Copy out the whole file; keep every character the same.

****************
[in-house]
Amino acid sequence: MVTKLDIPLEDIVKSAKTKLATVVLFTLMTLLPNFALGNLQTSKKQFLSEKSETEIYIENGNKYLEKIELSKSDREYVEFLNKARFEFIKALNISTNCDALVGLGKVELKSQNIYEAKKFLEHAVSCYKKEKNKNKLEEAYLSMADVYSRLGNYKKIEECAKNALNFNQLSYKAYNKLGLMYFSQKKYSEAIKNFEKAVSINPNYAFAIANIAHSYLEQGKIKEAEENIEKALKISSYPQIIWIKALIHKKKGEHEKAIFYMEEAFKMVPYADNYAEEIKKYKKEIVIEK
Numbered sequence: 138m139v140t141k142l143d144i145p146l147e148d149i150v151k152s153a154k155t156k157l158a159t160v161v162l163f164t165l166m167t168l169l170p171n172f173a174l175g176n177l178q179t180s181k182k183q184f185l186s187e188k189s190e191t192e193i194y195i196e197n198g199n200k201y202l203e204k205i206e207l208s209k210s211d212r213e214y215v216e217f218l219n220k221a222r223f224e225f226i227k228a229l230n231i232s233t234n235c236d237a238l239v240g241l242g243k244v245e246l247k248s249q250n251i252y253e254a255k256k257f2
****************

[in-house]
Amino acid sequence: MVTKLDIPLEDIVKSAKTKLATVVLFTLMTLLPNFALGNLQTSKKQFLSEKSETEIYIENGNKYLEKIELSKSDREYVEFLNKARFEFIKALNISTNCDALVGLGKVELKSQNIYEAKKFLEHAVSCYKKEKNKNKLEEAYLSMADVYSRLGNYKKIEECAKNALNFNQLSYKAYNKLGLMYFSQKKYSEAIKNFEKAVSINPNYAFAIANIAHSYLEQGKIKEAEENIEKALKISSYPQIIWIKALIHKKKGEHEKAIFYMEEAFKMVPYADNYAEEIKKYKKEIVIEK
Numbered sequence: 138m139v140t141k142l143d144i145p146l147e148d149i150v151k152s153a154k155t156k157l158a159t160v161v162l163f164t165l166m167t168l169l170p171n172f173a174l175g176n177l178q179t180s181k182k183q184f185l186s187e188k189s190e191t192e193i194y195i196e197n198g199n200k201y202l203e204k205i206e207l208s209k210s211d212r213e214y215v216e217f218l219n220k221a222r223f224e225f226i227k228a229l230n231i232s233t234n235c236d237a238l239v240g241l242g243k244v245e246l247k248s249q250n251i252y253e254a255k256k257f2